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Thursday, September 12, 2019

On the Supply and Demand in Housing Markets: Rent Control in California

In February, 2019, Oregon’s legislature passed rent-control legislation limiting rent increases to 7% annually plus inflation. New York’s legislature strengthened the existing local rent-control regulations in New York City. Roughly six months later, California’s legislature passed rent-control legislation limiting annual rent increases to 5% after inflation and strengthening other tenant protections.[1] Not even the largest landlord group and the California Business Roundtable had opposed the legislation in spite of the fact that rent-control even as a concept flies in the face of the free-market ideology that has been so popular in America. Indeed, economists “from both the left and the right have a well-established aversion to rent control, arguing that such policies ignore the message of rising prices, which is to build more housing.”[2] Accordingly, only four of the American states (and Washington, D.C.) had some kind of local rent-control. So what accounts for the rent-control fever that had taken hold in 2019? I want to point to the immediate context then in California, and then to a more theoretical explanation that calls for distinguishing shelter from real-estate investing.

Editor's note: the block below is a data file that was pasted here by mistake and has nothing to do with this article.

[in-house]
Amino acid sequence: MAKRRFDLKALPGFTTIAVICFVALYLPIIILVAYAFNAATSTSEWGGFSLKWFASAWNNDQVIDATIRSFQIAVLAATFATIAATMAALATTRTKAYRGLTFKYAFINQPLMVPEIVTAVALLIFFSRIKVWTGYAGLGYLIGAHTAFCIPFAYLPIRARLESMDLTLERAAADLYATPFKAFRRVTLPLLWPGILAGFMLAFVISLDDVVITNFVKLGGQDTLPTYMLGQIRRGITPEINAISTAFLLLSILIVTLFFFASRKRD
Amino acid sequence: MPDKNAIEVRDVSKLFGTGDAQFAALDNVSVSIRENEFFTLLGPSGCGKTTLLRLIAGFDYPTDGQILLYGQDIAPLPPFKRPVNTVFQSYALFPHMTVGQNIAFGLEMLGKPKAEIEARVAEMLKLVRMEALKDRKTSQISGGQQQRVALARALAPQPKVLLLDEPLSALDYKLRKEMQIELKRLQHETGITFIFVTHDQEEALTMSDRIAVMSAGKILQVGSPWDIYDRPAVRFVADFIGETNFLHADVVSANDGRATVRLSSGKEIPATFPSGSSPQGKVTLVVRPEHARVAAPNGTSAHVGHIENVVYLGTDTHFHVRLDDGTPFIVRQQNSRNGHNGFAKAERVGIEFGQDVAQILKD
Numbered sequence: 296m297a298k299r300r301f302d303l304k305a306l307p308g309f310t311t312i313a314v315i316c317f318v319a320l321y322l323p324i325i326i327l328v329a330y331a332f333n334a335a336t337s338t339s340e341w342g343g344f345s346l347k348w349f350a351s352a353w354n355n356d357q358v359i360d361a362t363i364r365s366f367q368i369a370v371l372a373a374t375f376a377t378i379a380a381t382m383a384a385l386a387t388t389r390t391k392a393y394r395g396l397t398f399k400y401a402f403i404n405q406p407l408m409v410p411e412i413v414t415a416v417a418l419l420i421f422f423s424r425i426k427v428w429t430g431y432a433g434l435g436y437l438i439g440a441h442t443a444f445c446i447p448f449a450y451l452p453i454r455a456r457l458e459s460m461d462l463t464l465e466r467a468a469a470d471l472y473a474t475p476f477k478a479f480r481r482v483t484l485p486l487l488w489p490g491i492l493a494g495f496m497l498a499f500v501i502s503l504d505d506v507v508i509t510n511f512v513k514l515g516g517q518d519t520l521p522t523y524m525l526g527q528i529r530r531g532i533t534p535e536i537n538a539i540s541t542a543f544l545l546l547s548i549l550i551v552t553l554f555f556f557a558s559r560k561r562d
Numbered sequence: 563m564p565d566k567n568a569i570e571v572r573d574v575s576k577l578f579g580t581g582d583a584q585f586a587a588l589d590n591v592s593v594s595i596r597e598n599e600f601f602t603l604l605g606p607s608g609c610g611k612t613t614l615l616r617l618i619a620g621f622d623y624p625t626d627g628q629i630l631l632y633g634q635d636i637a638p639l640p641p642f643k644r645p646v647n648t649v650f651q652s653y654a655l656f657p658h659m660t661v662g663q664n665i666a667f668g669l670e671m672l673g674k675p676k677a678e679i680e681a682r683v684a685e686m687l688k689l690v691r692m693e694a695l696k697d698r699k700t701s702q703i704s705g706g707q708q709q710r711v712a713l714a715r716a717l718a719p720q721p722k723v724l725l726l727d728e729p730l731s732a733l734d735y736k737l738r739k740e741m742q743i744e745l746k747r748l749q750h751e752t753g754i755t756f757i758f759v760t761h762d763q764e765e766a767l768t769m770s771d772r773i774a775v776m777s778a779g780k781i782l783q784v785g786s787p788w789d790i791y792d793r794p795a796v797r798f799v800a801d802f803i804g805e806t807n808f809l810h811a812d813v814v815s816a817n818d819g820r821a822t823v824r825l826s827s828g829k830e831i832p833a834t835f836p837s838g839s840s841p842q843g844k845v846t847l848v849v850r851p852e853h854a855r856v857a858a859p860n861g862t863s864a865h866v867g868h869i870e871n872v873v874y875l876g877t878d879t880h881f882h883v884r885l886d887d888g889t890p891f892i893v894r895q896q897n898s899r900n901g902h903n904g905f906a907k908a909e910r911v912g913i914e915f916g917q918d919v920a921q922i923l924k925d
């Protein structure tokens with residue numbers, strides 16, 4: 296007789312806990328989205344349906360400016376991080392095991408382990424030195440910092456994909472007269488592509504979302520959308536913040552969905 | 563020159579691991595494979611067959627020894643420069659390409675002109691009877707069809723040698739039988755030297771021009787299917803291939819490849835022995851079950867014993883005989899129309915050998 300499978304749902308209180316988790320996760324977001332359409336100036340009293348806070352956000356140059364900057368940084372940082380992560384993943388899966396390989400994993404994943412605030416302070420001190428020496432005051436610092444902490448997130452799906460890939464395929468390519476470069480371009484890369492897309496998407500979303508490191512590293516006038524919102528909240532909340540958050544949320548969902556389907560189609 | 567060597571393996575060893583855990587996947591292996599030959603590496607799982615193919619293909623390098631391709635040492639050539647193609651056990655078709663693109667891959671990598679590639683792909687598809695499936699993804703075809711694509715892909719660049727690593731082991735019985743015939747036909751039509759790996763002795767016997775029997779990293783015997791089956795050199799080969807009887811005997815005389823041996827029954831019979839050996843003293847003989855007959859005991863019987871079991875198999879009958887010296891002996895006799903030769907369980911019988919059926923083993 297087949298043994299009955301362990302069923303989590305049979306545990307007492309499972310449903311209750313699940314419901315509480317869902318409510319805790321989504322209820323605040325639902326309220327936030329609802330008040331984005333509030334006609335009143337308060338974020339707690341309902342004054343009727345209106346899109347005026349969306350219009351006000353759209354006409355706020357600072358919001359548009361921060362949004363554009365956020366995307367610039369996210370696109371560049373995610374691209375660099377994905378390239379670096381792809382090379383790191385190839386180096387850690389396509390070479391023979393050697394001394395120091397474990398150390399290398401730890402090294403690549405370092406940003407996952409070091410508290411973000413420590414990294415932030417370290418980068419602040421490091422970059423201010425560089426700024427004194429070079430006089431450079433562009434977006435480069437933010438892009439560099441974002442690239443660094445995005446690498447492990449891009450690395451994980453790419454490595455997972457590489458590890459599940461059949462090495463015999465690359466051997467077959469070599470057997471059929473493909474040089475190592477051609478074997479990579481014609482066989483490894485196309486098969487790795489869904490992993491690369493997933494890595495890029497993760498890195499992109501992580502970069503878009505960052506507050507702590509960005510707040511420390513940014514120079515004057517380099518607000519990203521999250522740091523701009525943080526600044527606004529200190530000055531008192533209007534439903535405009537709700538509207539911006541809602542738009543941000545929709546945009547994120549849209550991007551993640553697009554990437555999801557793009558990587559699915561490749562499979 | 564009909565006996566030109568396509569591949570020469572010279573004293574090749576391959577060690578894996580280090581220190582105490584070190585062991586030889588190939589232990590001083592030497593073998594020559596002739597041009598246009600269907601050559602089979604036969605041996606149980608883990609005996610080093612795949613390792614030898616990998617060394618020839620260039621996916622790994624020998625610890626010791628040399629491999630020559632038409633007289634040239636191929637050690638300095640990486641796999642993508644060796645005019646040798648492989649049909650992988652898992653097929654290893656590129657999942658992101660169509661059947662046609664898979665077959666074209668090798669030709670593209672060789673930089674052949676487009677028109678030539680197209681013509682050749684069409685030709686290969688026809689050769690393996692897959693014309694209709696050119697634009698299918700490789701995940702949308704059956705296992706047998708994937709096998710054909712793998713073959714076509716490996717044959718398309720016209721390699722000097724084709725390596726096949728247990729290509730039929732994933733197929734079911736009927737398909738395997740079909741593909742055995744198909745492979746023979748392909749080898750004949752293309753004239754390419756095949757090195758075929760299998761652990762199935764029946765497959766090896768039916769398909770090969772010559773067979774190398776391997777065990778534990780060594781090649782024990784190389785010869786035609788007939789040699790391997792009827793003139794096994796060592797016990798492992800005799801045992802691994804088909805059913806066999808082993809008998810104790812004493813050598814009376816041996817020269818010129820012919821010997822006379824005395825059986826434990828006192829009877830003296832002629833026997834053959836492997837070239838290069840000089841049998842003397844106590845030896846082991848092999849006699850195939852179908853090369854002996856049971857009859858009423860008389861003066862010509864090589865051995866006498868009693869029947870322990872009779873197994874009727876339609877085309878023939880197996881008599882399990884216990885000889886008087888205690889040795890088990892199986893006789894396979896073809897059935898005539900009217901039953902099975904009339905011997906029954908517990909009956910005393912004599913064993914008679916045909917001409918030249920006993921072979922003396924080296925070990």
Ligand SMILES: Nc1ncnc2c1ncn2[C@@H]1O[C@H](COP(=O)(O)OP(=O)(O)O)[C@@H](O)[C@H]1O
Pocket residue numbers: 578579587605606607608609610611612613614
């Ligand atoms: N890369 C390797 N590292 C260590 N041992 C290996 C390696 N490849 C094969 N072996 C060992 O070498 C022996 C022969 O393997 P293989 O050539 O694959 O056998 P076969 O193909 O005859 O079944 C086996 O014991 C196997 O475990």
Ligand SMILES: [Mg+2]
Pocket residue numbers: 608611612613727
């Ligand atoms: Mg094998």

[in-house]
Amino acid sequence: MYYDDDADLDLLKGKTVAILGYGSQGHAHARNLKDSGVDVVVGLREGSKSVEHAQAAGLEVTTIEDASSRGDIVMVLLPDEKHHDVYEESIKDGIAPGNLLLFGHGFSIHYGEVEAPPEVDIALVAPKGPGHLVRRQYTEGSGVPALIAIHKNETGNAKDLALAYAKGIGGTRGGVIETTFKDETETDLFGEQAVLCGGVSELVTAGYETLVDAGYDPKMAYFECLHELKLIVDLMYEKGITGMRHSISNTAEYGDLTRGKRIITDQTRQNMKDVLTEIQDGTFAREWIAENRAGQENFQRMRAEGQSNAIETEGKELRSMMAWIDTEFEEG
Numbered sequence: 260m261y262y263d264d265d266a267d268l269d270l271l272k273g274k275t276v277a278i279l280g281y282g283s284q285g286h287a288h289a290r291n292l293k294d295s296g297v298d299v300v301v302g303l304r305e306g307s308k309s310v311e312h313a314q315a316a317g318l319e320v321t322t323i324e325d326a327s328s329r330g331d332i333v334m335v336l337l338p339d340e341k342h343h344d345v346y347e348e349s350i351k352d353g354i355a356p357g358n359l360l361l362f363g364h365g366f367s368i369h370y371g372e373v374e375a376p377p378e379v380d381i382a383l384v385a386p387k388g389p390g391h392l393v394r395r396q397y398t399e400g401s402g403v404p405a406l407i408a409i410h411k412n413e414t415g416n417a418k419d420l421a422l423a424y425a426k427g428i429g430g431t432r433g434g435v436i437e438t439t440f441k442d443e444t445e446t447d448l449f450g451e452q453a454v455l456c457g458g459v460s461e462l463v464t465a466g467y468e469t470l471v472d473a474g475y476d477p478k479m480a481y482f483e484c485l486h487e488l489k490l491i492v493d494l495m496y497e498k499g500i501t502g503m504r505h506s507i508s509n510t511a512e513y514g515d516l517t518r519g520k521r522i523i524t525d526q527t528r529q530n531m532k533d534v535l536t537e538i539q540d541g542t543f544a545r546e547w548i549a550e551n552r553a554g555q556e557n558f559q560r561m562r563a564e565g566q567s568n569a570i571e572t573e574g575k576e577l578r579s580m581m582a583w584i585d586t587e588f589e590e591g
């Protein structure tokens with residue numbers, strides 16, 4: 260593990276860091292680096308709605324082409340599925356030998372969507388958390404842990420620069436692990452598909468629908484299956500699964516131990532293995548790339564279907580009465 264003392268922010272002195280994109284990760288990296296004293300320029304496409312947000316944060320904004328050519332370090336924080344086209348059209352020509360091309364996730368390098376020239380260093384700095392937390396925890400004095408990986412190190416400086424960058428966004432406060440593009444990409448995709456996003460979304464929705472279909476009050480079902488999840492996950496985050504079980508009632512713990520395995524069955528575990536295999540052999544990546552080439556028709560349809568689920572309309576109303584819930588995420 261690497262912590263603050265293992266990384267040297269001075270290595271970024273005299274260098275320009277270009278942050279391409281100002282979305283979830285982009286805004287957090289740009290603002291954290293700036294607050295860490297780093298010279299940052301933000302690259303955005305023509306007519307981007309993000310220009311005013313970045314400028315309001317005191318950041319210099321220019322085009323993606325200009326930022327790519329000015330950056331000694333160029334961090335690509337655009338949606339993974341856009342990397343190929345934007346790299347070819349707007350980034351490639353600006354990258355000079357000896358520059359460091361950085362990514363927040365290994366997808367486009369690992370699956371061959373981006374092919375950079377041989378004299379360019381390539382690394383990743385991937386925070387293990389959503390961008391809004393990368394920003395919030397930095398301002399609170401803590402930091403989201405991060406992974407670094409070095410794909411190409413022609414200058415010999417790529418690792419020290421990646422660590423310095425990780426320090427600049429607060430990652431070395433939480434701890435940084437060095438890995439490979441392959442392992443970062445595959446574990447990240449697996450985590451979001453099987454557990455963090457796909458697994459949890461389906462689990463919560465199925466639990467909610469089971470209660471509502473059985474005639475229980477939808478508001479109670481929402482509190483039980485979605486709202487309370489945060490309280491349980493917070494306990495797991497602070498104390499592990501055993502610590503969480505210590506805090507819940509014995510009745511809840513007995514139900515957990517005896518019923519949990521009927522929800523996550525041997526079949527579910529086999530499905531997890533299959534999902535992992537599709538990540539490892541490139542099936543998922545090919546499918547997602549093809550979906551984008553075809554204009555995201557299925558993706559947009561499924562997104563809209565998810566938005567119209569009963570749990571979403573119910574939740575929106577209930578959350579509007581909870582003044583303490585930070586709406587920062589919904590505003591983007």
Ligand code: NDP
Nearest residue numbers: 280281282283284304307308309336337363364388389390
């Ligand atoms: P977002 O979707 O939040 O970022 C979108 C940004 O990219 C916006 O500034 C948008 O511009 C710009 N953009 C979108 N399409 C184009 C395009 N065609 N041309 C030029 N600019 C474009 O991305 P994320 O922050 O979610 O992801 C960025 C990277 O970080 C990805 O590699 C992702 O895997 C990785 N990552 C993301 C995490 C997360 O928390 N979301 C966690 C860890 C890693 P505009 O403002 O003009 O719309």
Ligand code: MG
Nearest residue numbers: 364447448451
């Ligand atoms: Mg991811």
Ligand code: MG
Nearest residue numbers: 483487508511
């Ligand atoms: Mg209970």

The full essay is at "California Rent Control."


1. Conor Dougherty and Luis Ferré-Sadurni, “California Approves Statewide Rent Control to Ease Housing Crisis,” The New York Times, September 12, 2019.

Wednesday, September 11, 2019

Political Ideology and Religious Doctrine: Pope Francis and His American Critics

Political ideology and religious doctrine are distinct, yet confusion can justifiably exist because ideology can seep into doctrine or be claimed to be such when it is not. This interlarding of political ideology into religious doctrine, or theology, is perhaps best demonstrated in Christian liberation theology, which includes political (e.g., justice) and economic (e.g., equality of income or wealth) prescriptions in the future Kingdom of God manifest on Earth. Generally speaking, political (and economic) ideology can legitimately be viewed as being human, all too human, and thus as fundamentally distinct from religious revelation and even doctrine (though even these may be influenced and even distorted on our end by the taint of human nature). Put another way, the source of revelation and even doctrine comes from “above,” whereas political (and economic) ideology are human artifacts. Therefore to infuse such artifacts into religious doctrine risks polluting it such that the religious or spiritual auspices are impaired. David Hume suggests in his Natural History of Religion that the human mind cannot long hold onto the divine idea manifesting purely as simplicity, so we attach other ideas—anthropomorphic ones—to our conceptions of the divine. Such ideas are of human traits or characteristics, hence “from below.” Sadly, we rarely recognize this human activity; rather, we take God to have such characteristics. The criticism of Pope Francis by “ultraconservative” American Catholics, including some notable clergy, illustrates just how problematic the admixture of political ideology and religious doctrine can be.